[extropy-chat] A Grim Vision ...?
robert.bradbury at gmail.com
Sat Apr 14 17:16:59 UTC 2007
On 4/10/07, Keith Henson <hkhenson at rogers.com> wrote:
> I suspect that if it were less expensive to make fresh water out of sea
> water for crops than it is to export the oil, grow the crops in other
> locations with low cost water, and ship them back, people would be doing it
I think you are arguing that systems make sense. There are large numbers of
systems in place that do not make sense (from an efficiency or cost
viewpoint) that are in place due to the fact nobody has looked at them from
the perspective of "what would be the *best* solution?" The trouble with
"best" solutions is that they often have high up-front investment costs. So
they don't get implemented until the society (esp. far sighted individuals
with a society) get rich enough. What would be really interesting is to see
how/where the oil wealth in S.A. is distributed and whether it is
distributed to people who are willing to innovate and take risks .
It takes a *lot* of water to grow food, and it is really expensive in terms
> of energy to make fresh water out of salt. I am well aware that advancing
> technology could change this picture.
It doesn't have to take a lot of *fresh* water. The cyanobacteria and algae
in the oceans are perfectly happy producing reduced carbon (hydrocarbons)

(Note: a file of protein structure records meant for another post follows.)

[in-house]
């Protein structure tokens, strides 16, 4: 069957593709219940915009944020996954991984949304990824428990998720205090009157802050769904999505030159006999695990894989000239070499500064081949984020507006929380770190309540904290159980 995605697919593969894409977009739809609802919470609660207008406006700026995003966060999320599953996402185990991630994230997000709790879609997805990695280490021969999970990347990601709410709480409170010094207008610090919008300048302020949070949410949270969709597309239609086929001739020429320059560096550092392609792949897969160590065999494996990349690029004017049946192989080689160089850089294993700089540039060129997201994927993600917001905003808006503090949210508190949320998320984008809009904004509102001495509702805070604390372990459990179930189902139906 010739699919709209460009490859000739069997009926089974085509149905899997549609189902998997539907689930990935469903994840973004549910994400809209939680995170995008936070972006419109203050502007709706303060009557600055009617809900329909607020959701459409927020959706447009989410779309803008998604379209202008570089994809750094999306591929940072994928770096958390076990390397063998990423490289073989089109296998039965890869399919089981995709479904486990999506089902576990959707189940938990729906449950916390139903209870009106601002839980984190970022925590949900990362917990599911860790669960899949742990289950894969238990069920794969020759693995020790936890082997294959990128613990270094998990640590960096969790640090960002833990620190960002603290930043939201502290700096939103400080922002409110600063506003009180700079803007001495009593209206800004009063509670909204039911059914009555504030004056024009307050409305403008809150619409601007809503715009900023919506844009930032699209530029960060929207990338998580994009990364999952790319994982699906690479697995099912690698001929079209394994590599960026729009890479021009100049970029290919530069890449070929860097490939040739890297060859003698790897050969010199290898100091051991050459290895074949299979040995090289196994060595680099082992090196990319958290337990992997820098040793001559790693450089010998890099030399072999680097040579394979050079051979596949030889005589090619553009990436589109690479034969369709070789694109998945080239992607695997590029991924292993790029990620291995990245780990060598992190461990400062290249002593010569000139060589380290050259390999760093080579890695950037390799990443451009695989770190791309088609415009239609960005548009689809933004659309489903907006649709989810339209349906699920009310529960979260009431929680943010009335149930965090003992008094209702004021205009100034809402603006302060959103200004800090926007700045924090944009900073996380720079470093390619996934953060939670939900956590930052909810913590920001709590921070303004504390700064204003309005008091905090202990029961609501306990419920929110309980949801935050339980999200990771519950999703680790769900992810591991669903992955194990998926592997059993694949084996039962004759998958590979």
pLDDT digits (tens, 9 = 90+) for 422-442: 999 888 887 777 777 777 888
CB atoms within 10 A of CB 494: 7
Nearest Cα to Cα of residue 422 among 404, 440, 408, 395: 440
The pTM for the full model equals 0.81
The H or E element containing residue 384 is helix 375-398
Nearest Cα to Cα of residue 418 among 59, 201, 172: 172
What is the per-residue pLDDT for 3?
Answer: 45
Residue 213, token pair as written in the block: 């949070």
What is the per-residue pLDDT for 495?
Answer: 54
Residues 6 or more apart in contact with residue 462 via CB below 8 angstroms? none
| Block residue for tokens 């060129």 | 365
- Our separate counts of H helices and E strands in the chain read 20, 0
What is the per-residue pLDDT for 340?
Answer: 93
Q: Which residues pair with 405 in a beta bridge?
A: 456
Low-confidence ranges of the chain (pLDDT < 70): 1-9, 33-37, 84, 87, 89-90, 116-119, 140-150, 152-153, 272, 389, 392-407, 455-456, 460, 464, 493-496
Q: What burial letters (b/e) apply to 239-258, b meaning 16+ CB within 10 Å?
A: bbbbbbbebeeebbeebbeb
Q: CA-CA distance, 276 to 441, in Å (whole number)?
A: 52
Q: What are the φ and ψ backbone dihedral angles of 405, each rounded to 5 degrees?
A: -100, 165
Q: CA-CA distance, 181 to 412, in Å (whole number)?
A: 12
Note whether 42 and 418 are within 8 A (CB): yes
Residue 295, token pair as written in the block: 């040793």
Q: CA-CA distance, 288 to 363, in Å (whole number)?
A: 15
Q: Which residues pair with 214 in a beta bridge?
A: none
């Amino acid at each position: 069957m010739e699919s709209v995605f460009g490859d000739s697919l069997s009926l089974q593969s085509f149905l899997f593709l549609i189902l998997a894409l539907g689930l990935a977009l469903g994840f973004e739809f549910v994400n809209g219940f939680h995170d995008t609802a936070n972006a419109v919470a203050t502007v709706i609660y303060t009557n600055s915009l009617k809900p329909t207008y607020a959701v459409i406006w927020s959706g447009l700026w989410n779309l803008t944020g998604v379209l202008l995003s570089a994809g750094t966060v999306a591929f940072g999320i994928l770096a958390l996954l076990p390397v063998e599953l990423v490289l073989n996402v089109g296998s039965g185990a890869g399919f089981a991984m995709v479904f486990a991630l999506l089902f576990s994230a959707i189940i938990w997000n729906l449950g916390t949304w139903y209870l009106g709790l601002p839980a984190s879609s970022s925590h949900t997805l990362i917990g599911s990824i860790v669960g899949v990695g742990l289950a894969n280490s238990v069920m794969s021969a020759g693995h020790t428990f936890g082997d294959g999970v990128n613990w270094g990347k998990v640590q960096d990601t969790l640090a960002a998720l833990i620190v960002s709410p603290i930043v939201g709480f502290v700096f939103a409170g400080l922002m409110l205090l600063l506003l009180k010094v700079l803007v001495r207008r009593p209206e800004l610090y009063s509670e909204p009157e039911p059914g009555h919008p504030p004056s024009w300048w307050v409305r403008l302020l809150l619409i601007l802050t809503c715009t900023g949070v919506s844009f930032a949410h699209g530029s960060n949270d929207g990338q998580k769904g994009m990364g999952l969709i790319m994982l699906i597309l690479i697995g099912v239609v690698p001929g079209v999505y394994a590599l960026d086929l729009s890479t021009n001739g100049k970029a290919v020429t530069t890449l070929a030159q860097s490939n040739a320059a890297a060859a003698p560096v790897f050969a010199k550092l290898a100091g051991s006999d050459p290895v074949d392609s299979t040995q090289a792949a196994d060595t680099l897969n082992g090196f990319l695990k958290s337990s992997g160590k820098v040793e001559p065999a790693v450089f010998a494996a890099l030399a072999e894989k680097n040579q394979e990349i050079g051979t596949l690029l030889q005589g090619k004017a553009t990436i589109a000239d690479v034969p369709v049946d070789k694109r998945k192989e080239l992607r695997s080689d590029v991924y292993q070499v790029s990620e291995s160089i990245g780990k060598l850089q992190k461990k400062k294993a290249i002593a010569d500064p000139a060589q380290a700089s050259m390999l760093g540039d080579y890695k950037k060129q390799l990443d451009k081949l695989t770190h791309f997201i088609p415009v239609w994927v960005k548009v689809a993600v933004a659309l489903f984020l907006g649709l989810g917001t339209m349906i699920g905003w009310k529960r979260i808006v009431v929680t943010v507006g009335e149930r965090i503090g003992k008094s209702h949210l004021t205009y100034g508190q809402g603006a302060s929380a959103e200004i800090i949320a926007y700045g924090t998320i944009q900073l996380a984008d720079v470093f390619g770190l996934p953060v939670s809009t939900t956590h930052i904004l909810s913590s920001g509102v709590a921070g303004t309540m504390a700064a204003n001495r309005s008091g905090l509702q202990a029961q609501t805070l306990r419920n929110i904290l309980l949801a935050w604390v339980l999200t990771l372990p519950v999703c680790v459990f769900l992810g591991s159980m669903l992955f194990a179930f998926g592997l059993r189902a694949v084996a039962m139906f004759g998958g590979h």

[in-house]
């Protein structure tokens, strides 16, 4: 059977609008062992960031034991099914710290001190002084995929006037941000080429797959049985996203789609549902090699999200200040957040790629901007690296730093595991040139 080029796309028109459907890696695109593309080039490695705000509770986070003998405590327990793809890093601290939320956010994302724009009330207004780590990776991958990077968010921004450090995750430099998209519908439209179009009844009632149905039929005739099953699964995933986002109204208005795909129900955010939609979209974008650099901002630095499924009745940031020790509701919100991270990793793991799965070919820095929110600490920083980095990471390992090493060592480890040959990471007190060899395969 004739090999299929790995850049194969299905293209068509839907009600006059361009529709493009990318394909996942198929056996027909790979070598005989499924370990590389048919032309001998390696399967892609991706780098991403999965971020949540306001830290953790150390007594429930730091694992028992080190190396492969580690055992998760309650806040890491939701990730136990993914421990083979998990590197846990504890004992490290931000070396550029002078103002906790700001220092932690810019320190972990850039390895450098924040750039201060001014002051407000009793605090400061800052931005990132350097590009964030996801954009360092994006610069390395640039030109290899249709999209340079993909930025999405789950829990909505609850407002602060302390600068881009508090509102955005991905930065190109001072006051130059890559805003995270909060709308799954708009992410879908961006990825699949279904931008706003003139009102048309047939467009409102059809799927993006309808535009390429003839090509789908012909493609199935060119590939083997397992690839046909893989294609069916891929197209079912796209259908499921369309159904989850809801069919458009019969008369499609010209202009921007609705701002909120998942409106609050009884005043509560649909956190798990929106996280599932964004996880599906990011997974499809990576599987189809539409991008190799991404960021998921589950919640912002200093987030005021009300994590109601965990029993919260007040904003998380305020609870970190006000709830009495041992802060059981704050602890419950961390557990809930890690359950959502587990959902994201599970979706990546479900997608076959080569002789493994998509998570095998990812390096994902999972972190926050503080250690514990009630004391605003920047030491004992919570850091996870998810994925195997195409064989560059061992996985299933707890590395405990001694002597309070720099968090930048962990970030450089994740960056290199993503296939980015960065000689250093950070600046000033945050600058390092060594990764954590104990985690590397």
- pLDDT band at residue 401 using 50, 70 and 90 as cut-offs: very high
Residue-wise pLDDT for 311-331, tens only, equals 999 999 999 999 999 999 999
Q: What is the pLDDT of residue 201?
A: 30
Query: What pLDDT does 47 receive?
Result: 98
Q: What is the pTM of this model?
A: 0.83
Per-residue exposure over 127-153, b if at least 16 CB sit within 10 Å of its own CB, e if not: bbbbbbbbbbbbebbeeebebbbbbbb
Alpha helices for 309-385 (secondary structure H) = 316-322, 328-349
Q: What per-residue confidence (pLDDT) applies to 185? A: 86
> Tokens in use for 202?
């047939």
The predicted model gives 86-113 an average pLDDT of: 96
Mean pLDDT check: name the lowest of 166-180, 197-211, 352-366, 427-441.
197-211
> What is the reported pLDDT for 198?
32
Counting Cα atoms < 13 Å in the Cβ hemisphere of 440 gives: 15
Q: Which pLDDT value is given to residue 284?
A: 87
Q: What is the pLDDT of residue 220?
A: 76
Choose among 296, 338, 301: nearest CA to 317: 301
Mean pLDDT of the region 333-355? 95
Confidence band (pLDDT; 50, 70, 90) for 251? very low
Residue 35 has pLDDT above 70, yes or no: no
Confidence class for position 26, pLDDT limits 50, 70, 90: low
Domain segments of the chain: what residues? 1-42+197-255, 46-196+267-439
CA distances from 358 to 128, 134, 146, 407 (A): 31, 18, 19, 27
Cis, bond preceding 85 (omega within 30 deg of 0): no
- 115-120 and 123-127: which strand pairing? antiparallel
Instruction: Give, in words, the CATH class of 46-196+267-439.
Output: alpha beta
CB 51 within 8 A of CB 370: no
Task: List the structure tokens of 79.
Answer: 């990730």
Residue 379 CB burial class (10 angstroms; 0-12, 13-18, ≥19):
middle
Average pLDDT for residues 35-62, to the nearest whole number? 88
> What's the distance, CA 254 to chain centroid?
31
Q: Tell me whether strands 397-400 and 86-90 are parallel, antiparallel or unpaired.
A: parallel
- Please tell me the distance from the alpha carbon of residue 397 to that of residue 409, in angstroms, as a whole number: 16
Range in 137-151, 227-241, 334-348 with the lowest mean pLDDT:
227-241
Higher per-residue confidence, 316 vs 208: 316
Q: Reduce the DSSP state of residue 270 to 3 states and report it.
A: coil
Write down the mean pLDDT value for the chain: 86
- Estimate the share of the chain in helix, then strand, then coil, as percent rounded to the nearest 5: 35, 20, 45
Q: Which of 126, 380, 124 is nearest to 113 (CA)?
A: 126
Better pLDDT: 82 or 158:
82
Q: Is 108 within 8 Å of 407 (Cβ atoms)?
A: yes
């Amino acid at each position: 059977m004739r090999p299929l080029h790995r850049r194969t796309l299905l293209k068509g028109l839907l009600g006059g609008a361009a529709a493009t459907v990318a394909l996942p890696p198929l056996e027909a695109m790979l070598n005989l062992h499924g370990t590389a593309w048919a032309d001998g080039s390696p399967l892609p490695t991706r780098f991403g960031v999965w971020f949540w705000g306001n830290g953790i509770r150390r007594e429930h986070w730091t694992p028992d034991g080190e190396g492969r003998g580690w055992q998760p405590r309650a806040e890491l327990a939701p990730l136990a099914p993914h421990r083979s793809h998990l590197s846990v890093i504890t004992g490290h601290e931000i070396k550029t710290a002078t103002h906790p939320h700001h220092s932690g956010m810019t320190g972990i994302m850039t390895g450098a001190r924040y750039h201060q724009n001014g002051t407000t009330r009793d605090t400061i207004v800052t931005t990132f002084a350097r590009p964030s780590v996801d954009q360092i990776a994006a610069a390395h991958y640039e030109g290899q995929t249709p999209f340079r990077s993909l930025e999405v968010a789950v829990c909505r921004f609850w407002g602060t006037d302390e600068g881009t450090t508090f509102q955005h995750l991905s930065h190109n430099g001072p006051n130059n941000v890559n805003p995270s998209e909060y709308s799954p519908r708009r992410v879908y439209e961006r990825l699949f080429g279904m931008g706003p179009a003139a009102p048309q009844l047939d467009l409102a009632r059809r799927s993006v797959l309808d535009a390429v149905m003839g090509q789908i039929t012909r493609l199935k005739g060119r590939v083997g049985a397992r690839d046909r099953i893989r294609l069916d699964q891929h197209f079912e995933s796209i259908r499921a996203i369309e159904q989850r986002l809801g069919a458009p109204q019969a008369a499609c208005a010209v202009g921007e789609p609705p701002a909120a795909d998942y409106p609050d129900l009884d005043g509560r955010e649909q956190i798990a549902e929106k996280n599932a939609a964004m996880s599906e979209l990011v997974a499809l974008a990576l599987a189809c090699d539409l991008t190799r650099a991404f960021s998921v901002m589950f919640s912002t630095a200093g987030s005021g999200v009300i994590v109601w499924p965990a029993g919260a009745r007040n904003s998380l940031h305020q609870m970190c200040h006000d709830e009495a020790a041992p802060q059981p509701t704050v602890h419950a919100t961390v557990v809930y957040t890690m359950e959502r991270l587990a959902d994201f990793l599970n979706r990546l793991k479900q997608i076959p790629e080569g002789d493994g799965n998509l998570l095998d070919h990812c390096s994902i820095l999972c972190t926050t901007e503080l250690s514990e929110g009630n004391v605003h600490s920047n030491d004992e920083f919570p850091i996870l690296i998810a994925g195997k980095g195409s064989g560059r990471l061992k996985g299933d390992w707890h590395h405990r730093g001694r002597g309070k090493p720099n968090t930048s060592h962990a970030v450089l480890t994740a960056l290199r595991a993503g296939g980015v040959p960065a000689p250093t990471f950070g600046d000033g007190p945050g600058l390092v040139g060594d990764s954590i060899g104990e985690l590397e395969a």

and proteins in salt water. You are dealing with a historic artifact that
the food system is oriented around cheap fresh water production methods.
Think about it this way, when the oil runs out how are they going to power
> the desalination plants?
That was the point of the URL. S.A. is one of the richest countries in the
world in terms of solar energy wealth per individual. Now that could change
over the next few decades if they subsidize population growth at the expense
of infrastructure investment.
> Which indicates that desalination plants produce water for around $1/cubic
The question I would ask is whether this cost includes the recent
improvements in desalination plant technology. I think the Science Channel
had a recent news blurb about a breakthrough that was going to make them
2-3x more energy efficient (through better recovery of otherwise wasted
energy) and that was being looked at by L.A. and/or San Diego to solve their
Given that it takes about 1000 tons of water to grow a ton of wheat, that
> would run up the cost of wheat for the water alone to $1000 a ton.
But it the water is used for transpiration to drag the nutrients from the
roots up into the leaves. You don't have this problem if you grow you food
in solar ponds or relatively sealed greenhouses that you can condense the
water from at night. Its a "change the traditional thinking" or
"infrastructure investment" problem.
Wheat runs about a $100 a ton, and shipping to the mid east might run
> around $50 a ton. It would still cost them better than 5 times the
> cost. http://www.ndwheat.com/buyers/default.asp?ID=287
So don't use wheat. Use cyanobacteria engineered to produce a lot of starch
that end up tasting like wheat.
Interesting way to look at food imports as water imports, and a certain area
> of the world would be in deep trouble if food imports were shut off.
As we have learned the hard way with oil imports. All countries should try
to structure their economies so they are sustainable without essential
foreign sources. Otherwise one can be subjected to extortion, coercion,
etc. and have higher than really necessary taxes in order to support large
military budgets required to prevent people from attempting to subject you
to such situations.
1. It would be interesting to ask the question of why S.A. isn't building
ships to tow icebergs from the North Atlantic (or Antartctic) back to S.A.
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